Safety in putting

Sunday, April 06, 2008
By David Westin
Staff Writer

The belly putter that nearly carried Sergio Garcia to victory in last summer's British Open is out of the Spaniard's bag now.

Sergio Garcia led the 2007 British Open through the first three rounds but ended up losing to Padraig Harrington in a playoff.

(Jackie Ricciardi/Staff)

In an unusual move, it had been keeping company with the conventional putter he's put back into play.

On the first day of the WGC-Match Play Championship on Feb. 20, Garcia took his 3-iron out of the bag so he could carry both the belly and the standard putter and not exceed the 14-club limit.

He stayed with the short putter all the way, beating John Senden 3 and 2.

"I just had a safety net just in case I didn't feel 100 percent with the short one," Garcia said. "But I still have a little work to do. I've still got to get a little better at it."

Garcia lost his second-round match to Boo Weekley, 3 and 1.

Putting problems are the main reason the 28-year-old Garcia is winless since the European Masters in late 2005. He has 16 career victories worldwide.

Garcia came close to ending that drought at the British Open at Carnoustie in July.

He led through the first three rounds, shooting 65-71-68, but ended up losing to Padraig Harrington in an aggregate four-hole playoff after a final-round 73.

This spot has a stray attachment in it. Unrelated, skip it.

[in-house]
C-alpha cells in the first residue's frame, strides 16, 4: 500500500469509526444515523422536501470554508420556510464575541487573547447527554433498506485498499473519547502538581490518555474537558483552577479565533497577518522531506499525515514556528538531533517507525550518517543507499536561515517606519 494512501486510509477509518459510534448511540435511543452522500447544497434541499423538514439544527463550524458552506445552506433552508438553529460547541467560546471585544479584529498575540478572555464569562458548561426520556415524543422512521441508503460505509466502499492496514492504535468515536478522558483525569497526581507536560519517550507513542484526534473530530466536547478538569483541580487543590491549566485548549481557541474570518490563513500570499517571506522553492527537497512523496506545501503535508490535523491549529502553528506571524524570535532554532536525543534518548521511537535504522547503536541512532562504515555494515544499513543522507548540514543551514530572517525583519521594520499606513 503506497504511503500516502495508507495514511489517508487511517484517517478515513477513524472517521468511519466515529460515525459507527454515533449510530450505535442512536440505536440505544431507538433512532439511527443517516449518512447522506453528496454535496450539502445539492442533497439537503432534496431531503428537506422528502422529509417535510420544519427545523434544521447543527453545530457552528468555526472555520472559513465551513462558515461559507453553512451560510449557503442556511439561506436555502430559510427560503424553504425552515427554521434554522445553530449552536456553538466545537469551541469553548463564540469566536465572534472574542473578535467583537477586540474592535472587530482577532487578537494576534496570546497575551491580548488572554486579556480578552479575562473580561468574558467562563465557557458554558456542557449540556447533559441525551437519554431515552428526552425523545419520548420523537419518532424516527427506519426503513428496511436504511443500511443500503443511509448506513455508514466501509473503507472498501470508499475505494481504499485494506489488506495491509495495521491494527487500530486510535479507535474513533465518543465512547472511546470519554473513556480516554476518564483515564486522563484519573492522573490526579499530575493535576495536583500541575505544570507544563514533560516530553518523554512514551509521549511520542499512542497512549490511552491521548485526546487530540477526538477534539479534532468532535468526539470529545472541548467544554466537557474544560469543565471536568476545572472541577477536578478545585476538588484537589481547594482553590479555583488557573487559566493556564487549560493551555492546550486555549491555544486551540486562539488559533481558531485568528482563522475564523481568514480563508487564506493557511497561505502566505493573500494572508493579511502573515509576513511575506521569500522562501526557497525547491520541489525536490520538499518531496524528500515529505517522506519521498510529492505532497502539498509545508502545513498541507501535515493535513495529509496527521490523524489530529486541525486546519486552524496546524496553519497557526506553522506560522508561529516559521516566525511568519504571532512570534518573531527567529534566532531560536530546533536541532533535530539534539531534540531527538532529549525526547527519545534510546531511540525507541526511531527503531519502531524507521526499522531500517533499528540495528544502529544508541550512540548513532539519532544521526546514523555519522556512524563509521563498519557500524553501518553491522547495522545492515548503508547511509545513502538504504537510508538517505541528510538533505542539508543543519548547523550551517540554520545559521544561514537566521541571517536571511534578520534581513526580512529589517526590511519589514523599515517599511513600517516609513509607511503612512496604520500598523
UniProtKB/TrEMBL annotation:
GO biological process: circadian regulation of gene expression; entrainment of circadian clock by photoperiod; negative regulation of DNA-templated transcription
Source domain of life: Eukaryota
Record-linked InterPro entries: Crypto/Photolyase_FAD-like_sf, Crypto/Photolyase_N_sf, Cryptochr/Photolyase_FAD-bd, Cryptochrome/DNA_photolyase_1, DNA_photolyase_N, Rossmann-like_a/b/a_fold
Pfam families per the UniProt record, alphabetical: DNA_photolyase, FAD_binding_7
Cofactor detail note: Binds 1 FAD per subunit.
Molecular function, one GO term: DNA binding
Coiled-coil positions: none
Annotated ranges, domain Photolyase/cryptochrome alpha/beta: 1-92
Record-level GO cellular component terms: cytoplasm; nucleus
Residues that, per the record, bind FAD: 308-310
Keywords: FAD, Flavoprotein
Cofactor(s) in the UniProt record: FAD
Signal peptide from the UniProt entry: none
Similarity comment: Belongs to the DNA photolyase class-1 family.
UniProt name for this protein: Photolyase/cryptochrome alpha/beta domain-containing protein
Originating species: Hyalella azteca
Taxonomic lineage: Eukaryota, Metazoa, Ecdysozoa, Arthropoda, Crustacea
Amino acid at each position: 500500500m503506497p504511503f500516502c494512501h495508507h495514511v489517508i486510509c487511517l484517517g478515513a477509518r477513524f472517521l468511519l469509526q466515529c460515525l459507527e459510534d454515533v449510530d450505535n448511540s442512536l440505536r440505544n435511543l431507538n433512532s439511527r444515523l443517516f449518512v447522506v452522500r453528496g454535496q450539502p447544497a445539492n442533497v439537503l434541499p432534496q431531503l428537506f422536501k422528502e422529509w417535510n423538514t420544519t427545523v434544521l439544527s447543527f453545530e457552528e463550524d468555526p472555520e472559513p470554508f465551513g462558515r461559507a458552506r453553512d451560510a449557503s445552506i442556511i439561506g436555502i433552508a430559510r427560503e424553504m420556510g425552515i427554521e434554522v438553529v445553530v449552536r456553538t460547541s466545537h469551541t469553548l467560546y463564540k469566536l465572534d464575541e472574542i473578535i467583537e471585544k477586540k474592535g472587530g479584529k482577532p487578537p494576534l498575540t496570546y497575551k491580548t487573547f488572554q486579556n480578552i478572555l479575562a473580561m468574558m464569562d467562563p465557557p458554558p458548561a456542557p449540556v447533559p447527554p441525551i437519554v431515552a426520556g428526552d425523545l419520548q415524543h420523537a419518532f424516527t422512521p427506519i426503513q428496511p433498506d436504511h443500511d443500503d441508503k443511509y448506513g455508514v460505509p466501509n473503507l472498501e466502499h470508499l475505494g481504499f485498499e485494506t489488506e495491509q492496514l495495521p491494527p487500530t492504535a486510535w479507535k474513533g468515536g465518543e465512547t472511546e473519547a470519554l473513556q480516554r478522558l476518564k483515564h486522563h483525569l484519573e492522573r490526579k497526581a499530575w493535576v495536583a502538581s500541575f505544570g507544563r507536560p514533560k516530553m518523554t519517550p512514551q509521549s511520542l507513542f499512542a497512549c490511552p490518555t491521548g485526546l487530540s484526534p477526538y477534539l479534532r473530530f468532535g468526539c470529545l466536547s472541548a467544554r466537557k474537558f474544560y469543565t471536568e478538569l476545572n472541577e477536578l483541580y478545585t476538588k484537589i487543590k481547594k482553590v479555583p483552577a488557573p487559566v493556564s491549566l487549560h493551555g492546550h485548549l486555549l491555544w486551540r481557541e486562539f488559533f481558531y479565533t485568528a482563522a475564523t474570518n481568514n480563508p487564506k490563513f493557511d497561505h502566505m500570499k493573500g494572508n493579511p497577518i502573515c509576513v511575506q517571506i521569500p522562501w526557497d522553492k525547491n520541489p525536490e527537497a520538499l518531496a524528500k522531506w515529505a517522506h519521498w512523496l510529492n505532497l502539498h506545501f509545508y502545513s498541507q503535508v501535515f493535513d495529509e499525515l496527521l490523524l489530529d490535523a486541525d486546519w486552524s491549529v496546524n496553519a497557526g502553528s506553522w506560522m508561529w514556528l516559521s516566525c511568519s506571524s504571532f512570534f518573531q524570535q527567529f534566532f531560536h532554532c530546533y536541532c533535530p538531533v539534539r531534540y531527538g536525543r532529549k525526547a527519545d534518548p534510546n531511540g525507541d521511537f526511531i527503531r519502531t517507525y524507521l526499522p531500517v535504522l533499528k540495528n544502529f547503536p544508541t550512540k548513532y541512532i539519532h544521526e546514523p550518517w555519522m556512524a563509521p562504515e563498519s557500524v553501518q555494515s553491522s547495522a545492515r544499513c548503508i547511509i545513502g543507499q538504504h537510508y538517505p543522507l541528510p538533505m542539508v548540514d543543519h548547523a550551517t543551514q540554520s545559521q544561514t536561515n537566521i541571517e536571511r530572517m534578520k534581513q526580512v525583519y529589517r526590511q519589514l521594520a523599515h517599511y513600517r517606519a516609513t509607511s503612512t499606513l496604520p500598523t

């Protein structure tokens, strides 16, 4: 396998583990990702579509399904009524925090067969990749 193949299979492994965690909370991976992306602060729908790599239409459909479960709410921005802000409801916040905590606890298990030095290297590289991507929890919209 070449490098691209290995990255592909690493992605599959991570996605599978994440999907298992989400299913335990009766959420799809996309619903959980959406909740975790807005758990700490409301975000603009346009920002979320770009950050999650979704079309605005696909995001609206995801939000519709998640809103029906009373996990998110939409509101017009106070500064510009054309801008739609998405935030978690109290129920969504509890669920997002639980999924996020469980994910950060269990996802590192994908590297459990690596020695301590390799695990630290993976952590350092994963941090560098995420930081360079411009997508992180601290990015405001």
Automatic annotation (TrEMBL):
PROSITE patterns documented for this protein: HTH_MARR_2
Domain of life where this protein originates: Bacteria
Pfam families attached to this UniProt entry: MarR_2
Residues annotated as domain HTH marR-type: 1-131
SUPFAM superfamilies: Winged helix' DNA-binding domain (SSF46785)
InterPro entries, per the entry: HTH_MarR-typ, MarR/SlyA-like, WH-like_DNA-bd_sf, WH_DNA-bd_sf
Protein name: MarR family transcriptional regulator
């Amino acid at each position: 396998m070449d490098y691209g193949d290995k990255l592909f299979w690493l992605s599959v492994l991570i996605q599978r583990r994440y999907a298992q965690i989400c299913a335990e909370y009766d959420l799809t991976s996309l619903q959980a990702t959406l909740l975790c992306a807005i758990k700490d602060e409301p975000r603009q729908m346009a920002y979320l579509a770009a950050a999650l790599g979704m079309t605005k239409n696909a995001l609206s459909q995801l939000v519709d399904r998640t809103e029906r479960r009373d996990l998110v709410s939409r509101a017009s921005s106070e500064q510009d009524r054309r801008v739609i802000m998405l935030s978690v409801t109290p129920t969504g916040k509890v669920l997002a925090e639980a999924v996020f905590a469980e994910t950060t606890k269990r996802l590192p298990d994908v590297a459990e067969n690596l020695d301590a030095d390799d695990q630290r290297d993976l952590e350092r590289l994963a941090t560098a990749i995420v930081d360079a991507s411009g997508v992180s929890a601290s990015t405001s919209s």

"It's time he got his mind and body in the right place," said fellow Spaniard Miguel Angel Jimenez. "He's a great player. He will be fine."

"I'm just trying to get better," Garcia said. "That's pretty much it. That's what we try every year and hopefully play nicely and do everything well and win as many tournaments as I can. I want to hopefully contend in the majors again and see if we can steal at least one of them. That's one of the goals and that's what we're driving for."

To that end, Garcia is working on his putting, especially his short putts.

All with the short putter.

Garcia alternates between two caddies during the season, but he's not going to switch putters again, he said.

"One of my goals is to get comfortable with the short one," Garcia said. "I'm looking forward to getting better at it. I'm working on my short game quite a lot. If I get it going in the direction I want it, I'll have a good chance to win tournaments."

He has enlisted the help of former tour player and putting instructor Stan Utley, who has worked with Darren Clarke, Rocco Mediate, Jay Haas and Craig Stadler.

Utley, the author of the book The Art of Putting , started working with Garcia at the Match Play Championship.

It was Garcia's tee-to-green play, not his putting, that led to his second missed cut in the past three years in the 2007 Masters.

Garcia averaged 26 putts per round, but hit only 11 fairways and 14 greens over the first 36 holes. He shot 76-78 and missed the cut by two shots.

His putting numbers weren't bad overall on the PGA Tour in 2007 -- an average of 28.62.

Garcia was averaging 29.67 putts through his first 12 rounds this season as his work with Utley continues.